If you have ever watched the ants in an ant farm, you have probably noticed ants sitting around seemingly doing nothing. This leads to the question: are the ants sleeping?
Whether or not social insects sleep is a question that has gotten some definitive work in the bees. In fact, there are bees that are affectionately called “sleeper bees” for their behavior of resting on plants in clusters over night.
For example, these long-horned bees of the tribe Eucerini (named for the long antennae present on males), are often seen resting in clusters on plant stems. Other bees and even wasps have been known to “sleep” over night in flowers.
Recently, Klein et al. conducted an experiment on sleep in honey bees. They showed that depriving worker honey bees of sleep during the night, using a magnetic device, actually effects their ability to perform waggle dances the next day. Discover Magazine has an article with a brief video of sleepy bees dancing, shown here (with a sponsor ad at the end).
What about ants? Do ants sleep?
Many myrmecologists have noticed that a certain portion of ants in laboratory colonies spend a lot of time doing nothing. Blaine Cole (1986) reported that workers of the ant Leptothorax allardycei spent up to 55% of their time resting, which he called quiescent. Nigel Franks’ group writes that Leptothorax acervorum workers in the nest are inactive for 72% of the time and and foragers 15% of the time (Franks et al. 1990) and that Temnothorax albipennis workers are inactive about the same percentage of time in small colonies (44%) as in large colonies (46%) (Dornhous et. al. 2009).
None of these scientists have actually gone as far as to say these ants are sleeping though.
Deby Cassill in 2009 broke with tradition and calls certain periods of rest in ants “sleep.” Working with fire ants, she videotaped ants in an artificial nest. She created an artificial colony with three queens, 30 workers and 30 larvae. Checking the posture and position of the antennae, she concluded that queens sleep 90 times per day for 6 minutes per nap, whereas workers dosed 250 times per day for roughly one minute at a time. You can see a video of the set-up at the BBC Earth News.
Cassill even went as far as to label Rapid Antennal Movements (RAM) as the invertebrate equivalent to Rapid Eye Movement (REM) sleep in vertebrates. Her conclusion: yes, ants sleep.
Are we ready to agree?
1. What do you think about the studies that observe ants spend a lot of time doing nothing?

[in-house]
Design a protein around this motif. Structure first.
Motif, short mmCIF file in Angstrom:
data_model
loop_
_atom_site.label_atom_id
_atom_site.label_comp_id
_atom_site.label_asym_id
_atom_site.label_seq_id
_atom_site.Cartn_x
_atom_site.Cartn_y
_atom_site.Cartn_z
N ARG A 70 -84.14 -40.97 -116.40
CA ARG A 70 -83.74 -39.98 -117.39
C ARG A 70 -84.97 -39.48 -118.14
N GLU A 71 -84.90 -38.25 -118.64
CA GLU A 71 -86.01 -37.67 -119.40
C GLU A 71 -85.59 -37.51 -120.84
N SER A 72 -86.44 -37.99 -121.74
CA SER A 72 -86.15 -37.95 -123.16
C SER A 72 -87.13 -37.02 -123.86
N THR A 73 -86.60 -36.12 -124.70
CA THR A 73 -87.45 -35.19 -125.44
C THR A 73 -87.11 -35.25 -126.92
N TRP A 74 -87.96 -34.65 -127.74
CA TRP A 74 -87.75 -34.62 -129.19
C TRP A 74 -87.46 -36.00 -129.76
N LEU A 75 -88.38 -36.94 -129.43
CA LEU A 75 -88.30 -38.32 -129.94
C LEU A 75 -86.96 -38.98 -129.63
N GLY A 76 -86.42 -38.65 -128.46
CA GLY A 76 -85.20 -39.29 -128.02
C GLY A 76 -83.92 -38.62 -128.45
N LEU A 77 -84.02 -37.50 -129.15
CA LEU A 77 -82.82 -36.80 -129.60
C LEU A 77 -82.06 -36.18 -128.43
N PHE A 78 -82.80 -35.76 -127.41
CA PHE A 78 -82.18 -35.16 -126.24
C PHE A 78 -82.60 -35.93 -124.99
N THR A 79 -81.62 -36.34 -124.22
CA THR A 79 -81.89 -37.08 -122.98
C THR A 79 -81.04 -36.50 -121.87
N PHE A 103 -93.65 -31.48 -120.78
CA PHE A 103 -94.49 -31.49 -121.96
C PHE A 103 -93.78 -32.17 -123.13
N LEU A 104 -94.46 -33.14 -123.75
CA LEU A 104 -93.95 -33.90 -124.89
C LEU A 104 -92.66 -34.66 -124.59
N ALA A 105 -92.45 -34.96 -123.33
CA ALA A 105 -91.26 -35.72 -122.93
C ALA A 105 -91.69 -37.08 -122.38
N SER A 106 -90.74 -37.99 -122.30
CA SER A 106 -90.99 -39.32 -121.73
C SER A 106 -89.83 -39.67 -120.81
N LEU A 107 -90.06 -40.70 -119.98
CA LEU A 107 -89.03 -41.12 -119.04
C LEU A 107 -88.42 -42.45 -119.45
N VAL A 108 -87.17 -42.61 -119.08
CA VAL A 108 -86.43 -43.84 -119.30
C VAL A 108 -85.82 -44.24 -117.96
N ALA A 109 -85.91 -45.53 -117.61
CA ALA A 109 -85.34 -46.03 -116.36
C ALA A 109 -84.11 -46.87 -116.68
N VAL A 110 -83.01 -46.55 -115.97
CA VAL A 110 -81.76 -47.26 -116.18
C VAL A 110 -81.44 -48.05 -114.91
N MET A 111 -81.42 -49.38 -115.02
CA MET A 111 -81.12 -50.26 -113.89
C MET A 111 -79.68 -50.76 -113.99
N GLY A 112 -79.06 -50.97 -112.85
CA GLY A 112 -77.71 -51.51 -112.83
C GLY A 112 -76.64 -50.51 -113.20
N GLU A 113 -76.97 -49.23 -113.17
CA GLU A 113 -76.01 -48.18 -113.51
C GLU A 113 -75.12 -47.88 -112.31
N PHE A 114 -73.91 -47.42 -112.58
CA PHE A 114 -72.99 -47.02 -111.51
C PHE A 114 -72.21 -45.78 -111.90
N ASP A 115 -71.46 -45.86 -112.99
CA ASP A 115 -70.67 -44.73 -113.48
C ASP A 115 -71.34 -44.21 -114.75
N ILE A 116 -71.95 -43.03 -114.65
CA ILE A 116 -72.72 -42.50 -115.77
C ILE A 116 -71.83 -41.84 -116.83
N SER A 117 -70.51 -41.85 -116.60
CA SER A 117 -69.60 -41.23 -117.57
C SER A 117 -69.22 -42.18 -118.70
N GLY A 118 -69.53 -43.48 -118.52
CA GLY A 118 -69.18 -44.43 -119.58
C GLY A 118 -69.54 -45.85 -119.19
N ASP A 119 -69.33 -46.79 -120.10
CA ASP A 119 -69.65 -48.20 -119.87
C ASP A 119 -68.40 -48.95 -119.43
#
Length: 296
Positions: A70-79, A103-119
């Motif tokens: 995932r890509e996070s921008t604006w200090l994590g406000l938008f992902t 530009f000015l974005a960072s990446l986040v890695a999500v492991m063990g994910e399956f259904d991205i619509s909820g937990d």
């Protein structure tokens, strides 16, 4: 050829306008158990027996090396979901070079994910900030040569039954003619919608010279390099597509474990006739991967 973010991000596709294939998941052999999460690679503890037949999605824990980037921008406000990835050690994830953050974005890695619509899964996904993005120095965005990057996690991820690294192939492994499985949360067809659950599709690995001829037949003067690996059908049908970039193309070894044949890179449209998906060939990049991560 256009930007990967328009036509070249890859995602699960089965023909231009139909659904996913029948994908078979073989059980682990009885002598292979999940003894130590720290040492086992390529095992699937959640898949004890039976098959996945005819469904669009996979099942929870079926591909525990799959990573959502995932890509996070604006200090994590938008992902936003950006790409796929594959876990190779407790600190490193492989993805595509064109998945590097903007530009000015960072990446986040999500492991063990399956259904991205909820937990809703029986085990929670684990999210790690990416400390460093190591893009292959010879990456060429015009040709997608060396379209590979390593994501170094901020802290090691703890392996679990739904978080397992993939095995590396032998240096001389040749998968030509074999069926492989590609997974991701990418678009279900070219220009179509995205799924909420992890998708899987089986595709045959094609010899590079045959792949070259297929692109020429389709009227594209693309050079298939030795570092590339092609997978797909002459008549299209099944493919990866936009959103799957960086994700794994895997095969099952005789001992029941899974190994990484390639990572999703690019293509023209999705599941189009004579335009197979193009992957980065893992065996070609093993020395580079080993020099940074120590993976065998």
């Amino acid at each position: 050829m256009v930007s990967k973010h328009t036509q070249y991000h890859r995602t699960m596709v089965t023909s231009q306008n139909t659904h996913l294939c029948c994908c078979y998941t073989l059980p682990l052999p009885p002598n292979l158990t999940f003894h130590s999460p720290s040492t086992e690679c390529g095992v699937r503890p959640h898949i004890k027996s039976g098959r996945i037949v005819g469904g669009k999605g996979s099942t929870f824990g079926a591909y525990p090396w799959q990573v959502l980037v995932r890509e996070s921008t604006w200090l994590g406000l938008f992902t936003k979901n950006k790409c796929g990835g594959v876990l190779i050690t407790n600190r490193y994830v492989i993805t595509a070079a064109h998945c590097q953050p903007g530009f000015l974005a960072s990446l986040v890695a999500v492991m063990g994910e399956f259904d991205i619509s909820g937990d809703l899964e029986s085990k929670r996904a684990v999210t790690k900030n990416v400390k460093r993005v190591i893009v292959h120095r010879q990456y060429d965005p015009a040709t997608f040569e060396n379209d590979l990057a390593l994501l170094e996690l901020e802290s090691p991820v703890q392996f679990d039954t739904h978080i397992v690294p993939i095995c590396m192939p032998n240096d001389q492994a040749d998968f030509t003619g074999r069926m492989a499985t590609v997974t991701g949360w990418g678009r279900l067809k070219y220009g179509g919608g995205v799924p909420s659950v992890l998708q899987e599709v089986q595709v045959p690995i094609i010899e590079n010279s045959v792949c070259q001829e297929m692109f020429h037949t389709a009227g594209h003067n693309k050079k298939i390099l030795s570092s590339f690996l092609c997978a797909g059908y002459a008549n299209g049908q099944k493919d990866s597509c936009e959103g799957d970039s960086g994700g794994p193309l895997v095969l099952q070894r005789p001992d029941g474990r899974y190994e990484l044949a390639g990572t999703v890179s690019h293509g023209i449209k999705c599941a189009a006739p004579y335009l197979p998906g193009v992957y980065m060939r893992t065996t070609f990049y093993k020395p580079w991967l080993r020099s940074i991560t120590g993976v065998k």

My thoughts: One thing that is immediately apparent in contrasting the honey bee studies with the ant experiments is that an artificial honey bee hive is much more “natural” than a laboratory ant nest. In a demonstration hive the bees usually have access to outside foraging, they have comb, they are going about their business as usual.The ants, on the other hand, have no soil to move, no myrmecophiles to interact with, no predators, no opportunity to move brood to optimal locations, etc. etc. It seems evident that greatly reducing the number of available tasks at hand limits the conclusions that can be made about the behaviors observed.
2. Can ants, or even insects, sleep?
My thoughts: Seems like a reasonable idea, especially looking at the honey bee study.
3. What do you think of the “power nap” finding with fire ants?
My thoughts: Having spent some time filming ants, I know that they are sensitive to vibrations we humans do not even notice, such as the laboratory incubators coming on and off in the room next door. I don’t have a copy of the paper yet. Does anyone know whether Cassill placed her artificial nests in such a way to minimize artificial disturbances, for example, placed them on vibration dampening pads? If not, it seems possible that something was disturbing those ants to keep them awake more often than usual.
What do you think?
Barrett A. Klein, Arno Klein, Margaret K. Wray, Ulrich G. Mueller, and Thomas D. Seeley. 2010. Sleep deprivation impairs precision of waggle dance signaling in honey bees. Proceedings of the National Academy of Sciences (PNAS). 107 (52): 22705-22709.
Deby L. Cassill, Skye Brown, Devon Swick and George Yanev. (2009), Polyphasic wake/sleep episodes in the fire ant, Solenopsis invicta. Journal of Insect Behavior. 22 (4): 313-323.
Cole B. (1986). The social behavior of Leptothorax allardycei (Hymenoptera,
Formicidae): time budgets and the evolution of worker reproduction. Behav Ecol Sociobiol. 18:165–173.
Anna Dornhaus, Jo-Anne Holley and Nigel R. Franks. (2009). Larger colonies do not have more specialized workers in the ant Temnothorax albipennis. Behavioral Ecology. 20 (5): 922-929. (full text available online free)
Nigel R. Franks, Steve Bryant, Richard Griffiths and Lia Hemerik. (1990). Synchronization of the behaviour within nests of the ant Leptothorax acervorum (fabricius)—I. Discovering the phenomenon and its relation to the level of starvation. Bulletin of Mathematical Biology. 52( 5): 597-612.
6 Replies to “Ants Caught Napping”
Very good point about the laboratory conditions, Roberta!
I took a quick look at the paper, and there wasn’t any mention of cushioning. They were very careful about addressing light conditions, though.
Sorry that we’ve fallen off the wagon in terms of The Fire Ants (the lab’s been too busy for lab meetings this semester). Definitely enjoying reading your posts, though!!!
I appreciate you taking the time to check that point in the paper.
One advantage of blogging the book is that you can jump into the conversation whenever you get a chance. The next three chapters cover the material I was least familiar with, the colony establishment via raiding. Definitely interesting reading.
So if they sleep, do they dream? And if so, what about?
Now, those are good questions. Wouldn’t it be cool to find out?